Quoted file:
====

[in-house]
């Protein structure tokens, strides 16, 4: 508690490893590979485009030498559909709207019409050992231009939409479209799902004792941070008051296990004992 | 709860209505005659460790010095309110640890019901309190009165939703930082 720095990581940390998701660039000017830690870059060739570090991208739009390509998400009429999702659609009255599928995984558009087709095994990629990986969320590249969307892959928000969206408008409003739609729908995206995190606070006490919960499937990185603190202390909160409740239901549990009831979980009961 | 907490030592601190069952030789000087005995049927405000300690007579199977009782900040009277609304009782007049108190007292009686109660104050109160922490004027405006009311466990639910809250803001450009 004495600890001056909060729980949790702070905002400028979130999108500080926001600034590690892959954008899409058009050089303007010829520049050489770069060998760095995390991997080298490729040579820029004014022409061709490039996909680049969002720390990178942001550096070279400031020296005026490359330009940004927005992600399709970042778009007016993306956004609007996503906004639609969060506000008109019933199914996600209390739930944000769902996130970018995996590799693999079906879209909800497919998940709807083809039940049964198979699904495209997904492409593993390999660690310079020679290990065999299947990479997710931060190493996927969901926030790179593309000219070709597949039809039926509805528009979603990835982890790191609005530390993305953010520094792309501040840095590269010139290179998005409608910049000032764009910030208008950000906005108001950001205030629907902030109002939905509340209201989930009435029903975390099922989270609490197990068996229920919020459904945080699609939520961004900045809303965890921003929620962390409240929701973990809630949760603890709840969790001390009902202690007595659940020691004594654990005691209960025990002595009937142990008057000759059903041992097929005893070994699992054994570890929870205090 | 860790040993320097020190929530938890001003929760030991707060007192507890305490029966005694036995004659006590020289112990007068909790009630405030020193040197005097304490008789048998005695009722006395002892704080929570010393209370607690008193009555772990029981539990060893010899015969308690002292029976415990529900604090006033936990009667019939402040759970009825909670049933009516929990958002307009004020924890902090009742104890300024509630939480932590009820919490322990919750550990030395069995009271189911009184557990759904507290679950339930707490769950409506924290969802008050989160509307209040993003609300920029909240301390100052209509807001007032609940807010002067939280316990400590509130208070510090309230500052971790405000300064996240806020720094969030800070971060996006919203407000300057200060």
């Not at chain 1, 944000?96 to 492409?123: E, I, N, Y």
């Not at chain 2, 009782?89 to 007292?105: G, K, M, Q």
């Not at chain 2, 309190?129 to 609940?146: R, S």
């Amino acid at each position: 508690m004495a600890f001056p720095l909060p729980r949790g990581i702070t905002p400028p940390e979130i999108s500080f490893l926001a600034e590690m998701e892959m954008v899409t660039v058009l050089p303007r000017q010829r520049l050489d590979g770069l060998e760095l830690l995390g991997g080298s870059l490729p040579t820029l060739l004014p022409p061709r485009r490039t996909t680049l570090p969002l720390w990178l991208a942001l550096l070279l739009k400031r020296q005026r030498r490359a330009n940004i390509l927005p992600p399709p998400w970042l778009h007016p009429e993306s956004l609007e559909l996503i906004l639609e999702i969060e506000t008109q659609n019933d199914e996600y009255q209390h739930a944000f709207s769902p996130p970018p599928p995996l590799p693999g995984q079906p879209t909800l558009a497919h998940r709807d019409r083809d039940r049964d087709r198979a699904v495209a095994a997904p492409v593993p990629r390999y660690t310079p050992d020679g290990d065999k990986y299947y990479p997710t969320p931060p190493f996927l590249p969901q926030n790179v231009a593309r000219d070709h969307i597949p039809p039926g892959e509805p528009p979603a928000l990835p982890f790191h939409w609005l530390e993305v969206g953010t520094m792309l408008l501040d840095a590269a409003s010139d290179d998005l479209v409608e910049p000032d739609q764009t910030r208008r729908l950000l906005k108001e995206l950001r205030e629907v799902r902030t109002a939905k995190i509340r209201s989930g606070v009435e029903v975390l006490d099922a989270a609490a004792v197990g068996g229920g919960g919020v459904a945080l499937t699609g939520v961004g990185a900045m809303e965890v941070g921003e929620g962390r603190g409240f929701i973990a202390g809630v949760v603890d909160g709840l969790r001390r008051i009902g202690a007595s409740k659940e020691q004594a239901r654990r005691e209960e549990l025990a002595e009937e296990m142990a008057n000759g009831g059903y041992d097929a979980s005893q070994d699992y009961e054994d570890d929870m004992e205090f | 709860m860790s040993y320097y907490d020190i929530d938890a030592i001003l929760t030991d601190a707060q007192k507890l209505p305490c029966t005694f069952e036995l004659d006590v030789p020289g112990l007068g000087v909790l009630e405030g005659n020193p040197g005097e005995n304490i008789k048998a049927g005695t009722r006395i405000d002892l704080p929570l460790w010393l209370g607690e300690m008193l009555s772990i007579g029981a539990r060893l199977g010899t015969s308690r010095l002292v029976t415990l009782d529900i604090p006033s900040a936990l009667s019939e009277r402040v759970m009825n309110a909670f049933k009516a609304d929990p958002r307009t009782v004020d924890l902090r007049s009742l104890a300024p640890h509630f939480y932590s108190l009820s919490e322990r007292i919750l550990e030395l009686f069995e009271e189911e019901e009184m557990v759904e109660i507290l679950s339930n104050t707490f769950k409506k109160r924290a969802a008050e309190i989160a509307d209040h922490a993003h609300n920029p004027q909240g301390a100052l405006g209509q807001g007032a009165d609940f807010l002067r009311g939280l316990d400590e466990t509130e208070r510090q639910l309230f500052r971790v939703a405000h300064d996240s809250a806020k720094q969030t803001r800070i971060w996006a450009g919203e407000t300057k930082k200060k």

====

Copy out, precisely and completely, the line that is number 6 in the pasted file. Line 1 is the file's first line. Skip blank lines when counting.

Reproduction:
């Amino acid at each position: 508690m004495a600890f001056p720095l909060p729980r949790g990581i702070t905002p400028p940390e979130i999108s500080f490893l926001a600034e590690m998701e892959m954008v899409t660039v058009l050089p303007r000017q010829r520049l050489d590979g770069l060998e760095l830690l995390g991997g080298s870059l490729p040579t820029l060739l004014p022409p061709r485009r490039t996909t680049l570090p969002l720390w990178l991208a942001l550096l070279l739009k400031r020296q005026r030498r490359a330009n940004i390509l927005p992600p399709p998400w970042l778009h007016p009429e993306s956004l609007e559909l996503i906004l639609e999702i969060e506000t008109q659609n019933d199914e996600y009255q209390h739930a944000f709207s769902p996130p970018p599928p995996l590799p693999g995984q079906p879209t909800l558009a497919h998940r709807d019409r083809d039940r049964d087709r198979a699904v495209a095994a997904p492409v593993p990629r390999y660690t310079p050992d020679g290990d065999k990986y299947y990479p997710t969320p931060p190493f996927l590249p969901q926030n790179v231009a593309r000219d070709h969307i597949p039809p039926g892959e509805p528009p979603a928000l990835p982890f790191h939409w609005l530390e993305v969206g953010t520094m792309l408008l501040d840095a590269a409003s010139d290179d998005l479209v409608e910049p000032d739609q764009t910030r208008r729908l950000l906005k108001e995206l950001r205030e629907v799902r902030t109002a939905k995190i509340r209201s989930g606070v009435e029903v975390l006490d099922a989270a609490a004792v197990g068996g229920g919960g919020v459904a945080l499937t699609g939520v961004g990185a900045m809303e965890v941070g921003e929620g962390r603190g409240f929701i973990a202390g809630v949760v603890d909160g709840l969790r001390r008051i009902g202690a007595s409740k659940e020691q004594a239901r654990r005691e209960e549990l025990a002595e009937e296990m142990a008057n000759g009831g059903y041992d097929a979980s005893q070994d699992y009961e054994d570890d929870m004992e205090f | 709860m860790s040993y320097y907490d020190i929530d938890a030592i001003l929760t030991d601190a707060q007192k507890l209505p305490c029966t005694f069952e036995l004659d006590v030789p020289g112990l007068g000087v909790l009630e405030g005659n020193p040197g005097e005995n304490i008789k048998a049927g005695t009722r006395i405000d002892l704080p929570l460790w010393l209370g607690e300690m008193l009555s772990i007579g029981a539990r060893l199977g010899t015969s308690r010095l002292v029976t415990l009782d529900i604090p006033s900040a936990l009667s019939e009277r402040v759970m009825n309110a909670f049933k009516a609304d929990p958002r307009t009782v004020d924890l902090r007049s009742l104890a300024p640890h509630f939480y932590s108190l009820s919490e322990r007292i919750l550990e030395l009686f069995e009271e189911e019901e009184m557990v759904e109660i507290l679950s339930n104050t707490f769950k409506k109160r924290a969802a008050e309190i989160a509307d209040h922490a993003h609300n920029p004027q909240g301390a100052l405006g209509q807001g007032a009165d609940f807010l002067r009311g939280l316990d400590e466990t509130e208070r510090q639910l309230f500052r971790v939703a405000h300064d996240s809250a806020k720094q969030t803001r800070i971060w996006a450009g919203e407000t300057k930082k200060k």